Kingdom of Gwent

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Medieval Kingdoms in Wales

Gwent (Old Welsh: Guent) was an early medieval Welsh kingdom that lay between the rivers Wye and Usk . It existed from the end of the Roman occupation of Britain at the beginning of the 5th century to the Norman conquest of England in the 11th century. Just like its neighboring kingdom Glywysing , it was evidently largely in cultural continuity with the pre-Roman tribe of the Silurians and until the conquest by Gruffydd ap Llywelyn had a jurisdiction independent of the rest of Wales and its own diocese. Although it regained its independence briefly after his death in 1063, Gwent was the first of the Welsh kingdoms to be overrun after the Norman conquest of England.


The area was already settled in prehistoric times, as is shown by finds from the Mesolithic at Goldcliff (at the mouth of the Severn near Newport ). There are also signs of increasing activity during the Bronze and Iron Ages .

Gwent emerged after the Romans had left Britain, based on the culture of the pre-Roman Silurians as a successor state and ultimately claimed a large part of their Iron Age areas. The name Gwent developed from the name of the civitas - capital Venta Silurum , which probably means "meeting place" or "market place of the Silurians". In the post-Roman period, the area around Venta became the Kingdom of Guenta, later Gwent, the name being derived directly from the city , taking into account the phonetic shift of the Brythonic languages from v to gu . The city itself became Caerwent , "Fort Venta". In contrast to the other Welsh areas, the inhabitants of Caervent and Caerleon received the protective Roman city walls throughout.

The early Gwent

It is commonly believed that the kingdom stretched across the area between the Usk and Wye rivers and the Severn estuary . In the north, the area bordered the early medieval empires of Ewyas and Ergyng (later known as " Archenfield "). According to an old Welsh genealogy, Caradawg Freichfras is said to have been the founder of the kingdom. The initial center of the kingdom was perhaps in Caerwent, the former Roman administrative center, or in the former Roman legionary camp of Isca Silurum . From the 5th century onwards, the area was Christianized by Welsh saints such as Dubricius , Tatheus and Cadoc . According to tradition, Caradawg moved his royal court from Caerwent to Portskewett (on the bank of the Server near present-day Sudbrook ) in the 6th century . According to other accounts, Gwent was founded by the semi-mythical King Erb, a grandson of Caradawg, who ruled Ergyng east of the Black Mountains and gained control of a larger area to the south.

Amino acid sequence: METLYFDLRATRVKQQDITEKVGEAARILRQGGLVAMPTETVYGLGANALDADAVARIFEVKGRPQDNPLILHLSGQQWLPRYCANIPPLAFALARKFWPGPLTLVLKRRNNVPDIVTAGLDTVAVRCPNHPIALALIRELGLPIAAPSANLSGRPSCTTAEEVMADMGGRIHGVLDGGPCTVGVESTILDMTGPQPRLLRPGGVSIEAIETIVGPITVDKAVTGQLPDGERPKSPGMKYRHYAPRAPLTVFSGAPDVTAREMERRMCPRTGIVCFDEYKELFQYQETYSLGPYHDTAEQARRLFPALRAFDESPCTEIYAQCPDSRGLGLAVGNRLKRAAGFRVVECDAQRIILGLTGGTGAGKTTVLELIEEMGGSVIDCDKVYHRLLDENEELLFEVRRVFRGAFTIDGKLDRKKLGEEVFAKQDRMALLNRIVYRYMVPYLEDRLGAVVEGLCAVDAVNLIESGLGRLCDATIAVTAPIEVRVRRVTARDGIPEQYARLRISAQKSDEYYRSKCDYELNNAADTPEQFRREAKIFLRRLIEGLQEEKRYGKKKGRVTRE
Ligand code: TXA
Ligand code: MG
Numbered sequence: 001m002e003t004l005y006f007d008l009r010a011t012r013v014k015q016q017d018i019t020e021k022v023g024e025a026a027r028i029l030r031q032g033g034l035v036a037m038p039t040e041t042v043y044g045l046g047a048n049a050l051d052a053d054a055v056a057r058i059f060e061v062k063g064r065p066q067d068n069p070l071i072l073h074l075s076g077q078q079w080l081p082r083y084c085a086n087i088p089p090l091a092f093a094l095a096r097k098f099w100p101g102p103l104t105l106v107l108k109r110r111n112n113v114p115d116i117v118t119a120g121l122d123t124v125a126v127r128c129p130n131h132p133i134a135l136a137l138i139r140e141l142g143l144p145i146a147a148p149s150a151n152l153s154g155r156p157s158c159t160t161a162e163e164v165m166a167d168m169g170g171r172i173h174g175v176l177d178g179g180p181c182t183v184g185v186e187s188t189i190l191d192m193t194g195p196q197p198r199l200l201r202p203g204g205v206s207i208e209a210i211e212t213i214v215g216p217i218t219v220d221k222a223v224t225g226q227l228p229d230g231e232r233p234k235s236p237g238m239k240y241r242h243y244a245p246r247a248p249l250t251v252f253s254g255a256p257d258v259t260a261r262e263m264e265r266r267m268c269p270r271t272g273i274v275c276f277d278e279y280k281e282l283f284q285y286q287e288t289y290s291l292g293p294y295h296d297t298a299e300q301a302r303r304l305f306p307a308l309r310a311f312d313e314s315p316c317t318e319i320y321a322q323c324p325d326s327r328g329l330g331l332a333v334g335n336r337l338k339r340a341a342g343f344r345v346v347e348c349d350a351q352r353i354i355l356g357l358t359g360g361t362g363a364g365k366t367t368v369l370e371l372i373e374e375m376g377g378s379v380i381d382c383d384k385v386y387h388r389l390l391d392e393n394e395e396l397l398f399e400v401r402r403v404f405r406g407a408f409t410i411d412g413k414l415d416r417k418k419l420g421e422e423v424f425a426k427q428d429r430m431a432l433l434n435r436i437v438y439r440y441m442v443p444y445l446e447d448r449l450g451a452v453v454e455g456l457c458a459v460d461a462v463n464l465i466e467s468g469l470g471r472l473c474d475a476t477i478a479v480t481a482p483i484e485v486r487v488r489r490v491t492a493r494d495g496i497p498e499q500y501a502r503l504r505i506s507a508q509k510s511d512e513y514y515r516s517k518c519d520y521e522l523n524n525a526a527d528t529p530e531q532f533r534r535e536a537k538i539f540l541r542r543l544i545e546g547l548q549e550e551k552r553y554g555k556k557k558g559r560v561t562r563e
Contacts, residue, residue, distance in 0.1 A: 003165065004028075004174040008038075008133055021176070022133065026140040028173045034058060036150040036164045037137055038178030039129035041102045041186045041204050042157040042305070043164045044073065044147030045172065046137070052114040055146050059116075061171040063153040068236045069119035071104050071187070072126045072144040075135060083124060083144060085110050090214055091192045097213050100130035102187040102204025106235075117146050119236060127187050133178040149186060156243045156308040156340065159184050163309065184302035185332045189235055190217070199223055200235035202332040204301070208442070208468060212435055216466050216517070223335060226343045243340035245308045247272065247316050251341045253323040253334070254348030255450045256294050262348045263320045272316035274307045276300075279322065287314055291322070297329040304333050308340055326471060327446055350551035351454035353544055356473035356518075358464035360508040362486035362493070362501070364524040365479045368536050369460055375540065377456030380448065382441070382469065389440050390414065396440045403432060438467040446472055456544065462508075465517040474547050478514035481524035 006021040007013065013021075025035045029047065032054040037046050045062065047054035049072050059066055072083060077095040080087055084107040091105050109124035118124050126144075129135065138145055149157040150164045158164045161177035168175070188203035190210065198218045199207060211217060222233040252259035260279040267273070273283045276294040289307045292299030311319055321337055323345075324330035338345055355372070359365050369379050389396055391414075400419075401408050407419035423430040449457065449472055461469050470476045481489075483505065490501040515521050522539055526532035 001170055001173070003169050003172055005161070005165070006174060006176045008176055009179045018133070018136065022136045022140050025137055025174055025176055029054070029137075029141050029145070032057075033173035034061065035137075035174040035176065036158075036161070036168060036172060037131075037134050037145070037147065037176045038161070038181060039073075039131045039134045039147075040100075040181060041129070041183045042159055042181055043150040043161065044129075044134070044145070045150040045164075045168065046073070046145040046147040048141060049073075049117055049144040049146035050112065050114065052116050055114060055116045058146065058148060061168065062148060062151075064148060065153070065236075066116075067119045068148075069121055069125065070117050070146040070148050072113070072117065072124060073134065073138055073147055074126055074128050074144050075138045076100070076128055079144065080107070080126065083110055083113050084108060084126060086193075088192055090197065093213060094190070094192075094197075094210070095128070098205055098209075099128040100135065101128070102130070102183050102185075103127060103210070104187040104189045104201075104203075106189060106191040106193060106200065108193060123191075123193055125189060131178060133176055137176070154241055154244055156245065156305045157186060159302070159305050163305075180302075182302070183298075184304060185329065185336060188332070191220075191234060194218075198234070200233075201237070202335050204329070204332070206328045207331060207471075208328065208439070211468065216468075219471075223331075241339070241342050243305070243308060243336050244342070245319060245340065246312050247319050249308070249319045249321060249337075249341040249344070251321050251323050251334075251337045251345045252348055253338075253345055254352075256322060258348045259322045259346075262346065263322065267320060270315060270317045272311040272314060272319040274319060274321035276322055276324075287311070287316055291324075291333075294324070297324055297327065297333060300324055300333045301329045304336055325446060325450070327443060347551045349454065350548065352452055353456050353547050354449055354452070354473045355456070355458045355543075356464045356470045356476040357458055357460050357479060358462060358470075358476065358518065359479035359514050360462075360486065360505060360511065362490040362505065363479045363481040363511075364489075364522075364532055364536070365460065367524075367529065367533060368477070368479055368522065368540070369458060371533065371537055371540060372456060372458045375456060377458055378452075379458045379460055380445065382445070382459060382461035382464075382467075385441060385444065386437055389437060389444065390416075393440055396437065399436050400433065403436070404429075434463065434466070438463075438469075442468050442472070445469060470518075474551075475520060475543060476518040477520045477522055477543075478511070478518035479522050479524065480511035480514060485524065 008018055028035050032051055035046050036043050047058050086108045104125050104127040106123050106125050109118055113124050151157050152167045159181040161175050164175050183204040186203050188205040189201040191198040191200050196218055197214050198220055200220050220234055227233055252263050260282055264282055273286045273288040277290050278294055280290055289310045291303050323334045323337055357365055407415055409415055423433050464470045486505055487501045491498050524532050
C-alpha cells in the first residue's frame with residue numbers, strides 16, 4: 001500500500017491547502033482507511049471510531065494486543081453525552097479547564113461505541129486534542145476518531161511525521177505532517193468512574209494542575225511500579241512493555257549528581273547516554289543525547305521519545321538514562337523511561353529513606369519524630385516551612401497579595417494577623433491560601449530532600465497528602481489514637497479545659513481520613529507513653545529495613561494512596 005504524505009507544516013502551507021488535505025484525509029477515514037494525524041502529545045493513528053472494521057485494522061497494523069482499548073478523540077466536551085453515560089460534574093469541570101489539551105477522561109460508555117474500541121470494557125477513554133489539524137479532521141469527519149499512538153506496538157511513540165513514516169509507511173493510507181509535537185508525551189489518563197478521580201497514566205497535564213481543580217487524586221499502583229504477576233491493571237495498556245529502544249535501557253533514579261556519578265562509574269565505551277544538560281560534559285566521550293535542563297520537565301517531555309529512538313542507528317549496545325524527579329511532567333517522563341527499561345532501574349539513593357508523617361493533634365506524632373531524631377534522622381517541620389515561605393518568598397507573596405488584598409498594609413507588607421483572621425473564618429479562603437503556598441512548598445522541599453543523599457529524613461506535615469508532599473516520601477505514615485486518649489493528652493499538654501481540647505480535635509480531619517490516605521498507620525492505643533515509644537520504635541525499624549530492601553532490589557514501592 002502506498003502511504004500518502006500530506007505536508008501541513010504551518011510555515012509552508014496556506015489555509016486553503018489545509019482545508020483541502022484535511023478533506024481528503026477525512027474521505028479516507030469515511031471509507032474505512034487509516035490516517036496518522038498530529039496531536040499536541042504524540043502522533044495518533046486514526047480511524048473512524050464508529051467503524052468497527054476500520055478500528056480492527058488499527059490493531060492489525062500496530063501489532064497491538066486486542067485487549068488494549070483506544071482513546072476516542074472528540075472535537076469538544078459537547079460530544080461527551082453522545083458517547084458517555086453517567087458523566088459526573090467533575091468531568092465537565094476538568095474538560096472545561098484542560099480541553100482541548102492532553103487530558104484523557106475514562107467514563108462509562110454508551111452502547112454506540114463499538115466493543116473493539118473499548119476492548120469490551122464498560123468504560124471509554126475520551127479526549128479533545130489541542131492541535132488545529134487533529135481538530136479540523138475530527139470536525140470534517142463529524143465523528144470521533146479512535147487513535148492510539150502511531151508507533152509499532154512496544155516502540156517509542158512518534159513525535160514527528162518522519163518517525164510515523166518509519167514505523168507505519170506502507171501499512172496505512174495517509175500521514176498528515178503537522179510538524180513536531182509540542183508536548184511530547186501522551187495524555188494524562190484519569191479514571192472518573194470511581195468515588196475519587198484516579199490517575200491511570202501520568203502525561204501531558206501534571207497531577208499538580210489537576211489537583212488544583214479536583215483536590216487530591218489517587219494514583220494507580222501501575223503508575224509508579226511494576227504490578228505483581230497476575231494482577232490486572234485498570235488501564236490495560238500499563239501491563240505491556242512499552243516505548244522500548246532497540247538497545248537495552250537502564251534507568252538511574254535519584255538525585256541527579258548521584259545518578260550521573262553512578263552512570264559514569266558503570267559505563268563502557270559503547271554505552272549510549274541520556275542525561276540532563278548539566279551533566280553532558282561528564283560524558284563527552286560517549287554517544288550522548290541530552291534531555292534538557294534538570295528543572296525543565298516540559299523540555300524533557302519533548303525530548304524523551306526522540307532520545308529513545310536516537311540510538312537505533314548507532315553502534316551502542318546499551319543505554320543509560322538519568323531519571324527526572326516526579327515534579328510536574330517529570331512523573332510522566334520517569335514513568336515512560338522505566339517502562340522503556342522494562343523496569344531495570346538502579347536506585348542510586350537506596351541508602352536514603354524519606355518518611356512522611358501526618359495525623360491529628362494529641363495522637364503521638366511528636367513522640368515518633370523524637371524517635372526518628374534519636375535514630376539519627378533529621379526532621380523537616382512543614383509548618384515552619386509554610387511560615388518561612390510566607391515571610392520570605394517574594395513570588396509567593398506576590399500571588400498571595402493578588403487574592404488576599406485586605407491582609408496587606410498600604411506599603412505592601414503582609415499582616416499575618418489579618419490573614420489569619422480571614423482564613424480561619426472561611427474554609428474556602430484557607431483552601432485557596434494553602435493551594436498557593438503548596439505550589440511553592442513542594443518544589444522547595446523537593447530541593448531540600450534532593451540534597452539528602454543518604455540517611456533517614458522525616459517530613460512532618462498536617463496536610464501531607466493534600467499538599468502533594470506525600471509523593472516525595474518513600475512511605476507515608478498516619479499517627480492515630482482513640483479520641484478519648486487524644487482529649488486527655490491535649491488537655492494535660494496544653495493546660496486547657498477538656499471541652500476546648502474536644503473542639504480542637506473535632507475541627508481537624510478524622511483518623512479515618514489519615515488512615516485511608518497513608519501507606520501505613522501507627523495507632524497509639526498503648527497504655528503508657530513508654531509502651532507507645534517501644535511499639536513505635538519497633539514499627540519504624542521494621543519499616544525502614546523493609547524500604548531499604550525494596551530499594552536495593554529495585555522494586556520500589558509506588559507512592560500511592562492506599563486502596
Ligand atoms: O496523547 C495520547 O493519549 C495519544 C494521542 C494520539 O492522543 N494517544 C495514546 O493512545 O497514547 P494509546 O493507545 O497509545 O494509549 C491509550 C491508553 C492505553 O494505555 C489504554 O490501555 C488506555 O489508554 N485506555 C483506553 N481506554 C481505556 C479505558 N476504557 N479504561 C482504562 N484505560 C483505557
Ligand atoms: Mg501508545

A later ruler was the Christian king Tewdrig ap Teithfallt , who was fatally wounded while fighting off a pagan Saxon invasion. His son Meurig ap Tewdrig is said to have united Gwent by marrying Glywysing in the west. It has been suggested that Meurig's son Athrwys (sometimes incorrectly referred to as "Arthwys") should have been the model for King Arthur , but this is doubtful.

In the 8th century, Gwent and Glywysing apparently formed a single kingdom for a time. Gwent may have expanded to the east side of the River Wye in an area known as Cantref Coch, which later became the Forest of Dean . The Wye was later set as the eastern boundary, probably first by Offa of Mercien in the late 8th century and certainly by Æthelstan of England in 927. The area west of the River Usk , Gwynllŵg , was part of Glywysing.


In 931 Morgan from Owain von Gwent, later known as Morgan Hen (Morgan the Old), was one of those Welsh rulers who submitted to Æthelstan's sovereignty and paid homage to him at his court in Hereford. Even so, Gwent remained an independent Welsh kingdom. Around the year 942 Gwent and Glywysing were reunited by Morgan Hen under the name Morgannŵg for some time, but broke up again after his death. In 1034 King Canute the Great invaded Gwent.